At this point, the Scaramanga Six also began a fruitful (and ongoing) collaboration with producer Tim Smith (leader of Cardiacs), beginning regular recording sessions at Smith’s Wiltshire studios.[3][4] By the end of 2003, the band had recorded most of their next album, but had finally parted company with John Gulliver, although the latter contributed to the album sessions. They had also parted company with Stephen Gilchrist, who left to work with Graham Coxon and to concentrate on his own band stuffy/the fuses (although he would remain a close friend of the band and return on several occasions). Gilchrist was replaced as drummer by Anthony Sargeant, a musician poached from a Queen tribute band (and who could add falsetto backing vocals to the band’s live set).[7]

In December 2003, the band released "The Poison Pen" as their half of a split single (with Beachbuggy). The third Scaramanga Six album, Cabin Fever, was released in April 2004, receiving rave reviews in the underground press. Trakmarx stated "The Scaramanga Six have talent, taste & humour in spades - all they need now is your patronage" while Gigwise commented that "Cabin Fever makes you laugh, stroke your imaginary goatee, dance like a frog on E and shit your pants in one hearing." [5] The band toured around the UK and released two singles from the album - "We Rode The Storm" (November 2004) and "Horrible Face" (May 2005 - the latter another re-recording of a …Liar… song).

At around this time, The Scaramanga Six became a quintet when multi-instrumentalist Chris Catalyst was brought into the band. Playing keyboards and trombone and singing backing vocals, he could also double on bass guitar and second drum kit, greatly expanding the band’s live potential. Catalyst was a well-known "man-of-a-thousand bands" - besides his own Robochrist project, he had worked with The Sisters Of Mercy, AntiProduct, The Tanks With Wings and two Wildhearts spin-offs (God Damn Whores and Clam Abuse). In November 2005, The Scaramanga Six revealed new material via a split single (with Me Against Them), contributing "I Wear My Heart On My Sleeve".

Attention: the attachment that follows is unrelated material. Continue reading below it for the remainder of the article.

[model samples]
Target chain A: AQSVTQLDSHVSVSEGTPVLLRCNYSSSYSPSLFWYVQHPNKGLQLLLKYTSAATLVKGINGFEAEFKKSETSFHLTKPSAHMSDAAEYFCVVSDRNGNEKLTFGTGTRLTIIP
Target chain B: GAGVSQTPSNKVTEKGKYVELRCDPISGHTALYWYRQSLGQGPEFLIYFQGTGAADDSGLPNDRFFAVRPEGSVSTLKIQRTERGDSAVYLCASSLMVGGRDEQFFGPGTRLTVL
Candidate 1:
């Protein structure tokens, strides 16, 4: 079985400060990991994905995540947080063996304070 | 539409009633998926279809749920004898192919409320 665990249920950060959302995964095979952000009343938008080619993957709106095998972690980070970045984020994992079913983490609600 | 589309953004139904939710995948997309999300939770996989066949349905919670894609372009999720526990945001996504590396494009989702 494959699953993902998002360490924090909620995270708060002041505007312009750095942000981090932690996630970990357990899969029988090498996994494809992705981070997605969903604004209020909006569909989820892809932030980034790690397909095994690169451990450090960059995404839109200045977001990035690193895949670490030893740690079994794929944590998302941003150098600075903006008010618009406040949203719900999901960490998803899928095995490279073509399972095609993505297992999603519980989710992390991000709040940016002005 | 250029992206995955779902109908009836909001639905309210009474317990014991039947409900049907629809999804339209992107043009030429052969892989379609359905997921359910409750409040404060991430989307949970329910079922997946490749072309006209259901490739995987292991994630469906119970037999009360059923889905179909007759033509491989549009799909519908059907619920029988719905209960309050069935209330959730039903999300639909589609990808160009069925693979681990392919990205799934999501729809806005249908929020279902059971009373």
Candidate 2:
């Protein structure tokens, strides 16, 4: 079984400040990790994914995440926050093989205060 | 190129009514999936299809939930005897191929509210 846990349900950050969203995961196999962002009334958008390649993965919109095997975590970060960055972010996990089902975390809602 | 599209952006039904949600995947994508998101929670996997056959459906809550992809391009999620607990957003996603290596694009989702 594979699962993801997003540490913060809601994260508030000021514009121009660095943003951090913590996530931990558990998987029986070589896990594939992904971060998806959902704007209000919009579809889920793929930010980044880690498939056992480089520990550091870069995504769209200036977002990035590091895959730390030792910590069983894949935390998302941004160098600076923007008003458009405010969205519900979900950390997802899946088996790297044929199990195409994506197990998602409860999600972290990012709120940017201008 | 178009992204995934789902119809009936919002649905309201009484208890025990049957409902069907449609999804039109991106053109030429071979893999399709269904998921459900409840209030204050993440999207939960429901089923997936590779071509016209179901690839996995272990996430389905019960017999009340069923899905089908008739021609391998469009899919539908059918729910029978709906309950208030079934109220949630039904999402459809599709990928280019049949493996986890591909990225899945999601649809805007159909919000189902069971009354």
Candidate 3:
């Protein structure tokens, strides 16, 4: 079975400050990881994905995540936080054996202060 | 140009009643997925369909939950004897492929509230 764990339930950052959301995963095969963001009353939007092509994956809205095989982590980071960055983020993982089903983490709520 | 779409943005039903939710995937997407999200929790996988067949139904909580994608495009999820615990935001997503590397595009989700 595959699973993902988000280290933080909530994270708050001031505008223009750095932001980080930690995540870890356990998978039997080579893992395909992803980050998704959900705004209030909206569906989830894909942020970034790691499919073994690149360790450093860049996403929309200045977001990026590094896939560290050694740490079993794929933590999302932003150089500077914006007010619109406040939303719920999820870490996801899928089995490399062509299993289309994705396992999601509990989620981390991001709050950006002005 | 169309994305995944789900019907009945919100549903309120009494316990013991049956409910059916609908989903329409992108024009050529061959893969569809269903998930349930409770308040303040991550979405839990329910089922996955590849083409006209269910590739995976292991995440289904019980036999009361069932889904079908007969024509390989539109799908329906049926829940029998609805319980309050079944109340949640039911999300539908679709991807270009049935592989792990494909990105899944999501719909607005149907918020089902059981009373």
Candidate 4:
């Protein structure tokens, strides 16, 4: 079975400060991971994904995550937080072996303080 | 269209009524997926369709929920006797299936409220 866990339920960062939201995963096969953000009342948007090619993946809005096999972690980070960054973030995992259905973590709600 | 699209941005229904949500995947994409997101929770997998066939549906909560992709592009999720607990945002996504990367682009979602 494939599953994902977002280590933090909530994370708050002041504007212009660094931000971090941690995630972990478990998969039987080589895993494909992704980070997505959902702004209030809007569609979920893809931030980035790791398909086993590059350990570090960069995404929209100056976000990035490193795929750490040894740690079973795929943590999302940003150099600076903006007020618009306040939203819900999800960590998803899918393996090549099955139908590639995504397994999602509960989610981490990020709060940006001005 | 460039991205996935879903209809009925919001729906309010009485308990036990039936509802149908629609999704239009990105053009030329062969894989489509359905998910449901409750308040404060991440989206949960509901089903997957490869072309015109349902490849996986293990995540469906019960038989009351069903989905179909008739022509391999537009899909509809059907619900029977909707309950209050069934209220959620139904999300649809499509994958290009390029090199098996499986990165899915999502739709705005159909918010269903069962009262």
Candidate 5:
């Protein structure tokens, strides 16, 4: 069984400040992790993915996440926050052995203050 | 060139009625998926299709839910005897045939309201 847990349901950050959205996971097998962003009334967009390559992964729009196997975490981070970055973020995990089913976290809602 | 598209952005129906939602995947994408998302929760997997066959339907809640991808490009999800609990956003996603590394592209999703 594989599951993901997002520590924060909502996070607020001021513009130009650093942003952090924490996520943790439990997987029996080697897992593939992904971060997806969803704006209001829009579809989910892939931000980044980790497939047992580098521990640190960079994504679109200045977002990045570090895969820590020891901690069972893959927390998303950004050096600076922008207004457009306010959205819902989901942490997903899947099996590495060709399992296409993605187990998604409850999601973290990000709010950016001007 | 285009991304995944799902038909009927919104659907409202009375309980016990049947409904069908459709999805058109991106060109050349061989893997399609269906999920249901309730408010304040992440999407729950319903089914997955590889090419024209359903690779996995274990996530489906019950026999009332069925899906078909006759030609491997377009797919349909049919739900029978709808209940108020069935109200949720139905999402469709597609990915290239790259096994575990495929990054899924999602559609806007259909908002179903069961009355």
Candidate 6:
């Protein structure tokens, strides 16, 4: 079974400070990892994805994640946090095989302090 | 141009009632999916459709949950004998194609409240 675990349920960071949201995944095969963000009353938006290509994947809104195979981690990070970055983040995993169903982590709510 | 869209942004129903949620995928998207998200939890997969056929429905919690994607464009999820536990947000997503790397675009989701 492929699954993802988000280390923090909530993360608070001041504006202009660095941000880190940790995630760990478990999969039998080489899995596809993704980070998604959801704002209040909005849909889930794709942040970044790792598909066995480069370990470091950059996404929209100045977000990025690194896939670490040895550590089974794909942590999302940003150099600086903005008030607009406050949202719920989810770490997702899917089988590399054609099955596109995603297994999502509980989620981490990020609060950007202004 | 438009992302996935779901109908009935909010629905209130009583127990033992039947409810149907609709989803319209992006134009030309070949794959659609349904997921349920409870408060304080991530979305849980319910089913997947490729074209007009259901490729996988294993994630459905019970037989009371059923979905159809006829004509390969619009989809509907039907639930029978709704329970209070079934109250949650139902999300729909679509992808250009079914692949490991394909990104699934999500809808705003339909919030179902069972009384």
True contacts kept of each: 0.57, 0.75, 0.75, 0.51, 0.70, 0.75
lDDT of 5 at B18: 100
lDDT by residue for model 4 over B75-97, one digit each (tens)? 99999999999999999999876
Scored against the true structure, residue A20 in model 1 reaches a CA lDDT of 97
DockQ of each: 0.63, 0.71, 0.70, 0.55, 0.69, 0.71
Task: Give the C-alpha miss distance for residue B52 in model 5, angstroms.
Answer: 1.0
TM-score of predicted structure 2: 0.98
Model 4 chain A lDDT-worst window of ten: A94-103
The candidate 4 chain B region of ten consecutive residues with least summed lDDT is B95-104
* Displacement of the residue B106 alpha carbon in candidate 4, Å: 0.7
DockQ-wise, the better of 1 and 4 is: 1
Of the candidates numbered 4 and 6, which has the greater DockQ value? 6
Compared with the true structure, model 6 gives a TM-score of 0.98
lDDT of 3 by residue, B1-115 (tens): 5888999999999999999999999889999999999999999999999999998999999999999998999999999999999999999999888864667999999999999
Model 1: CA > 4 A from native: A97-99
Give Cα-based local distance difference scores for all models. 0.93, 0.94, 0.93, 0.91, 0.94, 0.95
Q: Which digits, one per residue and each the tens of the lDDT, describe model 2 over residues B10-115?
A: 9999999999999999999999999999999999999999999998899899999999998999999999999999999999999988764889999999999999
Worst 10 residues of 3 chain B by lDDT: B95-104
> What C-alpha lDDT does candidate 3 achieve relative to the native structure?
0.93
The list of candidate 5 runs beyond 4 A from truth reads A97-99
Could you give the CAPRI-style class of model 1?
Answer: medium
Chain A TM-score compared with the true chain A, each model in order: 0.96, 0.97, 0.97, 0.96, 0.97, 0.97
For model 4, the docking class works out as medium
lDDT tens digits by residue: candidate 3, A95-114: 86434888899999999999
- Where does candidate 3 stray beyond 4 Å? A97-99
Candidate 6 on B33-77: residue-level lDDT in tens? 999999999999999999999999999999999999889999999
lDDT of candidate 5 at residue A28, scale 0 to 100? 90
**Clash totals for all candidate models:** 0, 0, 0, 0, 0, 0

In 2006, following Anthony Sargeant's departure (and temporary fill-ins by Steve Gilchrist and James Kenosha), "Maraca" Gareth Champion joined The Scaramanga Six as the band's new drummer. Along with the Morricones and Arnez, he would form a core quartet for the band which has continued to the present day.

"A lot of the lyrical content is designed to draw the listener in and empathise with the characters mentioned, or sung from the point of view of – whether they be real, exaggerated or fictional (sometimes it’s hard to distinguish). For that reason we might come across (as) misogynistic, cruel or self-obsessed, which of course is all rubbish. Inspiration for lyrics can often come from people we see milling about trying to live their lives amongst severe futility and obstacles (usually self-made). There’s a lot of our frustrations in there too. People like Scott Walker, Elvis Costello, Andy Partridge etc were all good at this approach – and also managed to get enough pop hooks in too."

Steven Morricone on the Scaramanga Six lyrical approach[7]